We then sang along with the Freedom Singers, led by Marilyn Price, in a medley of songs for a better world, including the two tunes heard in the video above, shot by Phyllis Florin: mexican folk song “De colores” and “Building Bridges”, a call to action by Wayne Lechner.
Young activists from ‘Generation: Our Climate‘ and 350 Bay Area spoke about their climate action campaigns: testifying with local and county governments to promote green energy policies, limit emissions from oil refineries and protest the new coal terminal in Oakland.
Speakers from ‘Generation: Our Climate’ included activists Caroline Schurz, Mimi Lawrence and Brendon Milan-Howells, along with their adult mentor Daniel Heagerty. Speakers from 350 Bay Area were Jada Delaney and Rosesanie Phan, both seniors at Oakland Tech High School, along with their youth organizer Carolyn Norr (you can learn about their campaign here).
To hear their speeches and performances, watch this cool 360° video by Gary Yost, with a panoramic coverage that gives a full experience, as if you were in the room with us. To look around, swipe the video (or view it with your smartphone in a Google Cardboard-style headset.)
Young singers/songwriters Matt Jaffe and Patrick Maley took turns playing personal and politically-minded songs. Poet klipschutz and musician Joel Hamilton performed an inspiring mix of poetry and jazz, with paintings by Eun Lee in the background. For highlights of their performances, watch our 360° video above.
We love that so many young people joined their voices, hearts and minds with ours. Their dedication and creativity are our best hope for building a better world. Many thanks to all the presenters and community members who participated in this celebration — and to the gracious organizers, activity leaders and multimedia creators who made this very special event possible.
In just a few hours, we created dozens of inspiring signs, blue flags and Liberty figures. We also practiced protest songs with the Freedom Singers in the beautiful sculpture garden. To see scenes from the event, view our photo album or watch the video below.
Our first pilot exceeded all our expectations. Participants gave high ratings for this event, told us they had fun, made new friends, enjoyed making art and singing together, and felt more motivated to take political action. They felt well prepared for our Women’s March the following week. Most participants wanted to join our next events, and several offered to help organize them.
Democracy Cafe is produced by a team of Marin activists and artists led by Fabrice Florin, with Danny Altman, Carol Korenbrot, Bruce Mowry, Marilyn Price, Laura Riley and many more. Our goal is to engage our communities to help change the world, by combining arts and politics through fun, hands-on and inspiring activities.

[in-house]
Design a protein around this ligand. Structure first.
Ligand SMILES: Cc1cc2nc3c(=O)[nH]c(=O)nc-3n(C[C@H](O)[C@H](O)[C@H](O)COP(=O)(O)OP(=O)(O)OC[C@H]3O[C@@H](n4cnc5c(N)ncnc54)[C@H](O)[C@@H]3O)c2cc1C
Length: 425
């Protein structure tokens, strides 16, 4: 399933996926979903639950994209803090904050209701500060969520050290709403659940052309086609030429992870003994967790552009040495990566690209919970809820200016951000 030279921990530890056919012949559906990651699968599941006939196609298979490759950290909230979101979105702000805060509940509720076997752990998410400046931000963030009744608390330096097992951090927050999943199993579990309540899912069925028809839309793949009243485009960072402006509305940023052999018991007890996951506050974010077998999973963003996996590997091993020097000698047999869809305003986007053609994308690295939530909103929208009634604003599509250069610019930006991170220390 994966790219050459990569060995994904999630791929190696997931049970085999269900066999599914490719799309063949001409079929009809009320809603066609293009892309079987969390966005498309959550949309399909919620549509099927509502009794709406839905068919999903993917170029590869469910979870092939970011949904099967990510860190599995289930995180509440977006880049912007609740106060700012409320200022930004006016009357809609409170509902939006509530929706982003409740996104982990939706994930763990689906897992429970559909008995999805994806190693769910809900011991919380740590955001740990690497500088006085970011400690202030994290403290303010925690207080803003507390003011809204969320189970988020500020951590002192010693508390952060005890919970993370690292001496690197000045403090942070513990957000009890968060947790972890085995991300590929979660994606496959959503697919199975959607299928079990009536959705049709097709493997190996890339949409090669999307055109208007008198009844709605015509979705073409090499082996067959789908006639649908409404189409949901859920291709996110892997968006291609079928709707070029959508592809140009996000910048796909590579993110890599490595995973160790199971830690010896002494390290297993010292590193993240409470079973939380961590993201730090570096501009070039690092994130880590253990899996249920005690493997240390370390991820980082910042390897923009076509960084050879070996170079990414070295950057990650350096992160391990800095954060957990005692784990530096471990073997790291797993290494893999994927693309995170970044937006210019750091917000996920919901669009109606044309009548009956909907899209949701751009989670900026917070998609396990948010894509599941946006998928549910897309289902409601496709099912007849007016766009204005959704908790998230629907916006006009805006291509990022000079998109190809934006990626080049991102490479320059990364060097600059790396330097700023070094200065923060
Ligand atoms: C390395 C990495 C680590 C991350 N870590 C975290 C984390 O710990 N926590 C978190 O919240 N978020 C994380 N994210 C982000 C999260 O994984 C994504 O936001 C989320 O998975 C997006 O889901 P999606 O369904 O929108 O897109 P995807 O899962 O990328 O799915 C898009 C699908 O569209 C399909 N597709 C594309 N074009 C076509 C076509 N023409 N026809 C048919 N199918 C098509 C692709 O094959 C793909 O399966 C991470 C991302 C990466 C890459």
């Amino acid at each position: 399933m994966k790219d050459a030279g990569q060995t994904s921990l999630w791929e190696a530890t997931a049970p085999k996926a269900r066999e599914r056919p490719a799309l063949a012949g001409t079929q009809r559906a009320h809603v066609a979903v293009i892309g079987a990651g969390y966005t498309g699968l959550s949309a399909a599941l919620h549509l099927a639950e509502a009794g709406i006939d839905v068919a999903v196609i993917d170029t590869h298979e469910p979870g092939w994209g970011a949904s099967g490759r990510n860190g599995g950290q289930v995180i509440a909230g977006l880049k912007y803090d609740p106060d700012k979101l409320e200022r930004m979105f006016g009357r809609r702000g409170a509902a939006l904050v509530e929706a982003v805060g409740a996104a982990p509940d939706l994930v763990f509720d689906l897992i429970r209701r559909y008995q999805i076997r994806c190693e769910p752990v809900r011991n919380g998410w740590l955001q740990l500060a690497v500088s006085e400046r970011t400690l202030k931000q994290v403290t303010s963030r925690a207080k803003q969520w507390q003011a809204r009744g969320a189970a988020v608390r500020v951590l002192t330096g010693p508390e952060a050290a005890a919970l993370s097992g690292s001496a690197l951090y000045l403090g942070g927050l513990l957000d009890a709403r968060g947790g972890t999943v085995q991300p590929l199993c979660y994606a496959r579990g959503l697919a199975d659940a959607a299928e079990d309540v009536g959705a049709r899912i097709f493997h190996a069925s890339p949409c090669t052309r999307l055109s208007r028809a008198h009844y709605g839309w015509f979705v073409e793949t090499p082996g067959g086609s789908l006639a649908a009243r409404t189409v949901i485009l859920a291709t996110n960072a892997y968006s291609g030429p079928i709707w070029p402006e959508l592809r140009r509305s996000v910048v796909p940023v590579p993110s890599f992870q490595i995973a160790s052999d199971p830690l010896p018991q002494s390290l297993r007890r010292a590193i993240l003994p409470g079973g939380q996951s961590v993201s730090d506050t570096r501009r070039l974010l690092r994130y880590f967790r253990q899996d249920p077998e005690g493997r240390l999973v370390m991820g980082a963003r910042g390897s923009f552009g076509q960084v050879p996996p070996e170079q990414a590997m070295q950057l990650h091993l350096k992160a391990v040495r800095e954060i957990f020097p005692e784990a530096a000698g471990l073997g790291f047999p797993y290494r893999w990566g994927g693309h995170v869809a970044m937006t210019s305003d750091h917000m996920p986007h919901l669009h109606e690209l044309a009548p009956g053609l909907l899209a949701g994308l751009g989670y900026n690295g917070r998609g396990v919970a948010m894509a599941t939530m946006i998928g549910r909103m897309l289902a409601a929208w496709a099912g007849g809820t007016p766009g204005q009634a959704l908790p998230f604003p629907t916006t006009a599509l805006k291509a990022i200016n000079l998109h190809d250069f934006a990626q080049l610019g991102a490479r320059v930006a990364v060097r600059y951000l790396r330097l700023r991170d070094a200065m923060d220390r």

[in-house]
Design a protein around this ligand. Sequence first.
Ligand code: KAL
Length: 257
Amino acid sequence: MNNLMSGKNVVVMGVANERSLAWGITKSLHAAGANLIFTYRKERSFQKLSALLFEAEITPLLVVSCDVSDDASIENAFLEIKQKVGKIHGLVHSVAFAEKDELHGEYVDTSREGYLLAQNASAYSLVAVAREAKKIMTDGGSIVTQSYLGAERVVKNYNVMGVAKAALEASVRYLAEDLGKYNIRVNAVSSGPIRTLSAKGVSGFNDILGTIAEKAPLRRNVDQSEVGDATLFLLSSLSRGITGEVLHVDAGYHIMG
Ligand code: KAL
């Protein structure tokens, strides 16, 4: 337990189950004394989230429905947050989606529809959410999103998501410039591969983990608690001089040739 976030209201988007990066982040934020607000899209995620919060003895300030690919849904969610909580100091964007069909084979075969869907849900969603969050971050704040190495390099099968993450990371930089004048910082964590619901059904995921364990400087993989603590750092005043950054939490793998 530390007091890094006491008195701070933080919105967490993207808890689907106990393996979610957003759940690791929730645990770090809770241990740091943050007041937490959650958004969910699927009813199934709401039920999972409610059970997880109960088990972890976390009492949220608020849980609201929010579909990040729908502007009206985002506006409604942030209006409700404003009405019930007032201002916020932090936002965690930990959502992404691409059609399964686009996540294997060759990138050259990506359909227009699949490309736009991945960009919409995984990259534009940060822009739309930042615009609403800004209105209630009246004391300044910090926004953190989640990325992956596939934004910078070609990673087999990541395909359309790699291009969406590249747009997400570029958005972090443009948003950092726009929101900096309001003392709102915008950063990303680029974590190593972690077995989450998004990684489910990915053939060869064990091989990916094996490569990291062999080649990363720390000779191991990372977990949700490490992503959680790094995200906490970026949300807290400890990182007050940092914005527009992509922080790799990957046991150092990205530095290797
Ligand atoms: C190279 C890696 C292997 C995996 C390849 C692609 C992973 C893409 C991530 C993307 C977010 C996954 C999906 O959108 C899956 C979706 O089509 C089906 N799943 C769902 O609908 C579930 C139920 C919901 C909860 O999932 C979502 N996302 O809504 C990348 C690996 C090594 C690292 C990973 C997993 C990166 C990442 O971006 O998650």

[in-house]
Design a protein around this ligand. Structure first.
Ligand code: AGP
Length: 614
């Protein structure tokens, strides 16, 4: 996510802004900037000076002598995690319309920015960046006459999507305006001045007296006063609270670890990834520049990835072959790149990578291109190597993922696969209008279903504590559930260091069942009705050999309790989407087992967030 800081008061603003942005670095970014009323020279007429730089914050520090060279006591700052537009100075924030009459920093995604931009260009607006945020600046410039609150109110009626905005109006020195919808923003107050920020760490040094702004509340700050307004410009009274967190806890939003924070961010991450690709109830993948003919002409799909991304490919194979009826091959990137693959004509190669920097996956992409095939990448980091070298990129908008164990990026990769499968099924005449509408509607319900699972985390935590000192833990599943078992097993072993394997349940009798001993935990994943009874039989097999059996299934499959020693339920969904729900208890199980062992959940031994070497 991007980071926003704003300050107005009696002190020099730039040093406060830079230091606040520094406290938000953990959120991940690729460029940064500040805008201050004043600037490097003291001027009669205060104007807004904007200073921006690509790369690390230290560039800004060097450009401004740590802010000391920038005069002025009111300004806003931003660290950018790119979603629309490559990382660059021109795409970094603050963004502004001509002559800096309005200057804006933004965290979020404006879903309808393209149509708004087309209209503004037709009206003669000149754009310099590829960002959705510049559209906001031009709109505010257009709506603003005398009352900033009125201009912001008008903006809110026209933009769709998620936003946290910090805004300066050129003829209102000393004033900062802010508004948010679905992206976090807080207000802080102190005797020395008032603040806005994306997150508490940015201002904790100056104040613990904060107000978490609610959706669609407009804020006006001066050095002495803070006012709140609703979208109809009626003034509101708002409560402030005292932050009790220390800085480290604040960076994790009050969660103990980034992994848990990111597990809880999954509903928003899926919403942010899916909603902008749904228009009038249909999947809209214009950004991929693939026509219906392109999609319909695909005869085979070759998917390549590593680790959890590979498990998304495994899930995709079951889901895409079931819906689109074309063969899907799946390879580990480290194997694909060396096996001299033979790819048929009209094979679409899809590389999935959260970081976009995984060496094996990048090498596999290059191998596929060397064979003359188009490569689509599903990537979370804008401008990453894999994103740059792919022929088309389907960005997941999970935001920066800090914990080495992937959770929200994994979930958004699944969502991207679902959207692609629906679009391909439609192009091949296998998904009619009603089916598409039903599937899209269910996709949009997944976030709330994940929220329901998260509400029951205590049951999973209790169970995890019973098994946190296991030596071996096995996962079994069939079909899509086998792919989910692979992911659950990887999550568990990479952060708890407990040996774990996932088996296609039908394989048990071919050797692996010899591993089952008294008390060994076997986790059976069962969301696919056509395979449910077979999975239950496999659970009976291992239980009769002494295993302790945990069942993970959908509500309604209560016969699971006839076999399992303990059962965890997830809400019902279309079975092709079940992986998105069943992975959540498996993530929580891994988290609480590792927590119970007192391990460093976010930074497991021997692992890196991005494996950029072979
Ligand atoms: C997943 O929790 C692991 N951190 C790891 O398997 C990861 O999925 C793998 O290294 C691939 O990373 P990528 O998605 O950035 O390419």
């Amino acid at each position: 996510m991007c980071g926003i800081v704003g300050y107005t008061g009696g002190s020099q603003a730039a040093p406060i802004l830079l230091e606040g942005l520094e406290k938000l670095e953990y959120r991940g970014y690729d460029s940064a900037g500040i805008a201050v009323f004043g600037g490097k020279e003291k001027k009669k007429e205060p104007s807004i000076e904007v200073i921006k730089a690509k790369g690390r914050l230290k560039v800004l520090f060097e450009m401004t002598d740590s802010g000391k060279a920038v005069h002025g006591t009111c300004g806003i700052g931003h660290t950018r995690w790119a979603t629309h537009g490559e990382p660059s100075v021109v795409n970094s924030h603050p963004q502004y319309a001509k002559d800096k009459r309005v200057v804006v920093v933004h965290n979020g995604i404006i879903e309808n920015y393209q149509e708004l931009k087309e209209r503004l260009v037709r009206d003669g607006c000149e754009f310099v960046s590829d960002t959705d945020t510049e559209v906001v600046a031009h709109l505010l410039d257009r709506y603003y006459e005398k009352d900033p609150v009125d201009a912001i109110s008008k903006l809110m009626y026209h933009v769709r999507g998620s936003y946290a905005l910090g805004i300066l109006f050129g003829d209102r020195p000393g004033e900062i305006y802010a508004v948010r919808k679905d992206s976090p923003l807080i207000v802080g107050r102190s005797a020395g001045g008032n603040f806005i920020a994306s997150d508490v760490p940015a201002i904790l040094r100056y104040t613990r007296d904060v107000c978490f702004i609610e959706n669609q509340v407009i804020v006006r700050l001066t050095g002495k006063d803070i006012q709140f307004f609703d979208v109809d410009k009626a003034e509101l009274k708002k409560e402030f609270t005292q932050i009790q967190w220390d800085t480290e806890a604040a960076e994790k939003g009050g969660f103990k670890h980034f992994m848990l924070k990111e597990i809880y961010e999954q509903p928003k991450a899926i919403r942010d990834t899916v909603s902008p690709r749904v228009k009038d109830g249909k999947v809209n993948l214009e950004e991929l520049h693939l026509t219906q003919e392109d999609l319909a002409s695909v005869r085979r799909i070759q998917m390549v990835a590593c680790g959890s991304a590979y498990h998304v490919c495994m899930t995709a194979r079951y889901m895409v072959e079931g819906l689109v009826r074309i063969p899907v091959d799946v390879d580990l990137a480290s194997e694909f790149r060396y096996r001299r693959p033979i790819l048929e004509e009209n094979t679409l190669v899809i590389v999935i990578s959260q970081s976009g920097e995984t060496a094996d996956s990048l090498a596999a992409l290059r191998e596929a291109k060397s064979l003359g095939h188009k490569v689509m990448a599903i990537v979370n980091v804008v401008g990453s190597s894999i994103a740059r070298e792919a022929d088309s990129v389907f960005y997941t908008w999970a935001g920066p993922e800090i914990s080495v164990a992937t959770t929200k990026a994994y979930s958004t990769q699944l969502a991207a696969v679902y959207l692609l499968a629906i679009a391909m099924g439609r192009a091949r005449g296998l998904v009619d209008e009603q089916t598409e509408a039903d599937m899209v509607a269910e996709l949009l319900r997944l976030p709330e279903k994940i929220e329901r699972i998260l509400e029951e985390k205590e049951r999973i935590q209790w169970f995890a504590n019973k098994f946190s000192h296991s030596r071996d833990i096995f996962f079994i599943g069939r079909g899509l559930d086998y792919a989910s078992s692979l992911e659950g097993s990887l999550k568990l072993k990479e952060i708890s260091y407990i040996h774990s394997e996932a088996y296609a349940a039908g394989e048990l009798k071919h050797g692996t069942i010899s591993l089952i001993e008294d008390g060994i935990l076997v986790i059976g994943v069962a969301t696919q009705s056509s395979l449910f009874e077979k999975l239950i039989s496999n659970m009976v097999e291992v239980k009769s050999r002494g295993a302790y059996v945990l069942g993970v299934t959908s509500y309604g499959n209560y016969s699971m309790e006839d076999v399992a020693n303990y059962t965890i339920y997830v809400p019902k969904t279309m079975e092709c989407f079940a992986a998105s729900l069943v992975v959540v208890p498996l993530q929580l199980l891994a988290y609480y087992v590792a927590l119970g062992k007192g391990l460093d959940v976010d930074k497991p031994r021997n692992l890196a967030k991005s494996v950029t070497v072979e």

Thanks as well to all our wonderful participants, whose commitment to art and activism inspires us. And kudos to our gracious performers, crew and activity leaders: Jean Bolte, Jake Cohen, Mary Cosgrove, Dana Dworin, Matt Jaffe, Kurt Lipschuck, Wayne Lechner, Craig Love, Gareth Loy Patrick Maley and Gary Yost, to name but a few. We’re also grateful to Erma Murphy at the O’Hanlon for hosting our first events.
Many of us are part of the Mill Valley Community Action Network (MVCAN), our political action group in Marin. We’re delighted that so many MVCAN members are participating in this creative experiment.
Democracy Cafe shows great promise for energizing people through the transformative power of the arts, sparking our imaginations to solve problems and change the world together.
Join your neighbors to make political art — and keep democracy alive!
Photos by Fabrice Florin, Mary Cosgrove and Dana Dworin. Videos by Phyllis Florin, Craig Love and Gary Yost.
This page was updated on Feb. 21, to include more info about our first and second events.
Create your own artistic robot! Learn how to make your robot move in a variety of ways, using a programmable Arduino board. Decorate your animated character, give it a story, and create a magical world for it to live in. All materials are included in this course: you can take your robot home when the class ends.
This Maker Art class for grades 4-5 took place at the Lycée Français in Sausalito. We met every Tuesday for 12 weeks, from 3:30 to 5pm, between September and December 2017.
Students developed new skills in playful ways: science, technology, engineering, art and math skills (STEAM), as well as creativity, problem-solving and communication skills.